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    Quote Originally Posted by Svr View Post
    Yeah, thats the one I had seen before. Mavic huh? I knew it wasn't Shimano.

    One advantage I can see is for users of aero bars, it makes it pretty easy to fit auxiliary change mechanisms. No worrying about synchronizing the shift point.

  11. #11
    Lance Hater Laggard's Avatar
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    IMHO opinion this is a solution in search of a problem.
    i may have overreacted

  12. #12
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    I agree the Shimano Electric shift cost too much. I agree most of us don’t need one, unless you might be a pro racer. But I also admit the concept of a trim control that sets itself every time you shift is interesting. It becomes even more interesting as we get more gear selections on the rear Cassette. Aren’t they now producing a 11speed Campy?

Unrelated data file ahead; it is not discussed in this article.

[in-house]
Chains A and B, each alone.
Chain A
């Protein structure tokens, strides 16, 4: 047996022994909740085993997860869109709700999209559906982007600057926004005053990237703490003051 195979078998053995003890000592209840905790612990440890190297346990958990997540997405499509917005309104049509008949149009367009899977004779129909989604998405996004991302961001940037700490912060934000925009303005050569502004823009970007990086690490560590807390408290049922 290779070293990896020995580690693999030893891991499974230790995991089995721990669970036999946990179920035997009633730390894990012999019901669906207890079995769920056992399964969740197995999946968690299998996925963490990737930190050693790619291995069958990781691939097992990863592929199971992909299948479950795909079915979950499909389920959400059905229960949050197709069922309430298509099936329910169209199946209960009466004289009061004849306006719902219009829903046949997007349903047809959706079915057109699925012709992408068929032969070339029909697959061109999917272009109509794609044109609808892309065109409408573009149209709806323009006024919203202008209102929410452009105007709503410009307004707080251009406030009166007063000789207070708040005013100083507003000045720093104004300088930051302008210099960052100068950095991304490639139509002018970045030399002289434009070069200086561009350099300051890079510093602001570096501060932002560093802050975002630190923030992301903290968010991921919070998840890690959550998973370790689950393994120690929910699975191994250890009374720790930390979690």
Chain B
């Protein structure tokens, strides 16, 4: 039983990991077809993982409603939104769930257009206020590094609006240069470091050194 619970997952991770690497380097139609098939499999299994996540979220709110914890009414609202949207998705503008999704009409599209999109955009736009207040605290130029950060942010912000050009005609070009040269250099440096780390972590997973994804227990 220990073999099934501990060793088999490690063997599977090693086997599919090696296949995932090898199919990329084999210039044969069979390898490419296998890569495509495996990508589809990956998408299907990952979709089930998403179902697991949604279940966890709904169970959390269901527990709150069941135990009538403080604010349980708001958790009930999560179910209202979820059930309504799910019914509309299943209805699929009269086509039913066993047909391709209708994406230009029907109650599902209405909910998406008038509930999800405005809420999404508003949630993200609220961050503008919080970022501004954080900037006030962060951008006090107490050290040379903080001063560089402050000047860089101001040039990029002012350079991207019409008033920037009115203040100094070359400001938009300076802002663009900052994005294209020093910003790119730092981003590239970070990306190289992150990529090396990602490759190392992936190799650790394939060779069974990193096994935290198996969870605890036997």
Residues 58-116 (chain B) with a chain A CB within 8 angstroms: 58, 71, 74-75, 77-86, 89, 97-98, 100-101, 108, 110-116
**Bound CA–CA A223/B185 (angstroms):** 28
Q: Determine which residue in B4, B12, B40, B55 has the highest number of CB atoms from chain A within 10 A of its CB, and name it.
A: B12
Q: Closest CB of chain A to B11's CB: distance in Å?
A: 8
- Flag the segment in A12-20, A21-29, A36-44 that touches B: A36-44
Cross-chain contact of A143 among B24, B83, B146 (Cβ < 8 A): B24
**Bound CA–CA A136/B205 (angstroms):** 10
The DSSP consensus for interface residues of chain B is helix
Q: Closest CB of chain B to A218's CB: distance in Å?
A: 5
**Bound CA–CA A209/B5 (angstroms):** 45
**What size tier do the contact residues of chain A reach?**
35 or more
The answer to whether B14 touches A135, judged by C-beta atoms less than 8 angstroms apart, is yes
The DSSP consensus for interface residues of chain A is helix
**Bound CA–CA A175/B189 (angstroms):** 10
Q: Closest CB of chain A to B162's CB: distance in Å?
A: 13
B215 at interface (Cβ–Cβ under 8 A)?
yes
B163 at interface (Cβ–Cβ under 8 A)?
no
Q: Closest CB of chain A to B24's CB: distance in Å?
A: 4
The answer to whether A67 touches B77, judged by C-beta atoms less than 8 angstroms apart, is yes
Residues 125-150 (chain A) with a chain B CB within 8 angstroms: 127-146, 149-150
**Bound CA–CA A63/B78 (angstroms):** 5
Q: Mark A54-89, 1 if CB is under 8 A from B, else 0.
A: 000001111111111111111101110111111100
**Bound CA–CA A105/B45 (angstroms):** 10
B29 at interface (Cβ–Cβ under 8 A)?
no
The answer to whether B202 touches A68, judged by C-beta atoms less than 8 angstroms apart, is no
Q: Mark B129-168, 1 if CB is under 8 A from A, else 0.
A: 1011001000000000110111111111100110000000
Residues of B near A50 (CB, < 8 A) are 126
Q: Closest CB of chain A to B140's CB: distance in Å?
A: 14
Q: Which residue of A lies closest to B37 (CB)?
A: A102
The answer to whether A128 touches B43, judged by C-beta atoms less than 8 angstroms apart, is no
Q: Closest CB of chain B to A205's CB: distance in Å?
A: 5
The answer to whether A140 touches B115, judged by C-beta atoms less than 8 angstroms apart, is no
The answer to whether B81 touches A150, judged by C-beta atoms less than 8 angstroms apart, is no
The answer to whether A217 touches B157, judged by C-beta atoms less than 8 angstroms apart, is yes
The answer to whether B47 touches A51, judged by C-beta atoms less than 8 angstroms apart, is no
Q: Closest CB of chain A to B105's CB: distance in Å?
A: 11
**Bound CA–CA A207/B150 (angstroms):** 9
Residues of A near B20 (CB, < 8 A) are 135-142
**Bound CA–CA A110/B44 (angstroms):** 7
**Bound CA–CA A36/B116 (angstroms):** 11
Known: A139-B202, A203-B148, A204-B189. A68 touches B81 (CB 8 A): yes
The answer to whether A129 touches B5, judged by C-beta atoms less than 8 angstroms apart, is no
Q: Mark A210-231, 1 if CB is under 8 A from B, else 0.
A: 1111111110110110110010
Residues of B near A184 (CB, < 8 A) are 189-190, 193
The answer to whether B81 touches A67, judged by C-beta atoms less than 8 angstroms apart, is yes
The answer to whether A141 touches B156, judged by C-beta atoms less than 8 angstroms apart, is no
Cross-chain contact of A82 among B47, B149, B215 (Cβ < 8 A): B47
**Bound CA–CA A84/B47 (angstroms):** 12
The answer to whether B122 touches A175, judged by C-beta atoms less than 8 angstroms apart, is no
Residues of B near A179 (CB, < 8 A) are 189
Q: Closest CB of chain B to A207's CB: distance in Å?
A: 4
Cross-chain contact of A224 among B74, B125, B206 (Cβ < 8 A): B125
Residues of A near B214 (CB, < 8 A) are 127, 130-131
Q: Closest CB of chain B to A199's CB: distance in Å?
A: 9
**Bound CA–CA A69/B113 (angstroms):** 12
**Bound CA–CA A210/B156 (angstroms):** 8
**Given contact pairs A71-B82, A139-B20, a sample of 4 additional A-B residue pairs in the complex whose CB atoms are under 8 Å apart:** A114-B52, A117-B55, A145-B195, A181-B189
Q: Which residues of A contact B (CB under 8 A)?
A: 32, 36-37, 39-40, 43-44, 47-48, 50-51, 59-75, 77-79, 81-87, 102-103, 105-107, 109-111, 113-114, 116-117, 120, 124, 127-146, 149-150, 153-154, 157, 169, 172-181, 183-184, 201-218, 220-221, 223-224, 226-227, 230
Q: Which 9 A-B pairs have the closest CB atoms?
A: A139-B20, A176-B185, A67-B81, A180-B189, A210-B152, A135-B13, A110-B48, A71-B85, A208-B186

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    Now that's another topic - 11 speed cassettes! Why? My 2 bikes have a 7 speed cassette and an 8 speed. I never thought I'd see the day when I would use more than 10 gears - 5 speed and 2 chainrings. The 7 and 8 both work faultlessly, but I'm still unconvinced that I would ever really need more than 10. The 7 speed is on an old Italian racing bike -Somec - with very short chainstays. I don't fancy an 11 cassette on that , I know the pros will use them but they have a mechanic to sort out any problems - even while they are riding.... A long wheelbase tourer would perhaps be more suitable but I still don't see the necessity.
    Thanks edp773 for putting my mind at rest on the electronic change, nice to know they'll be faultless.
    Albert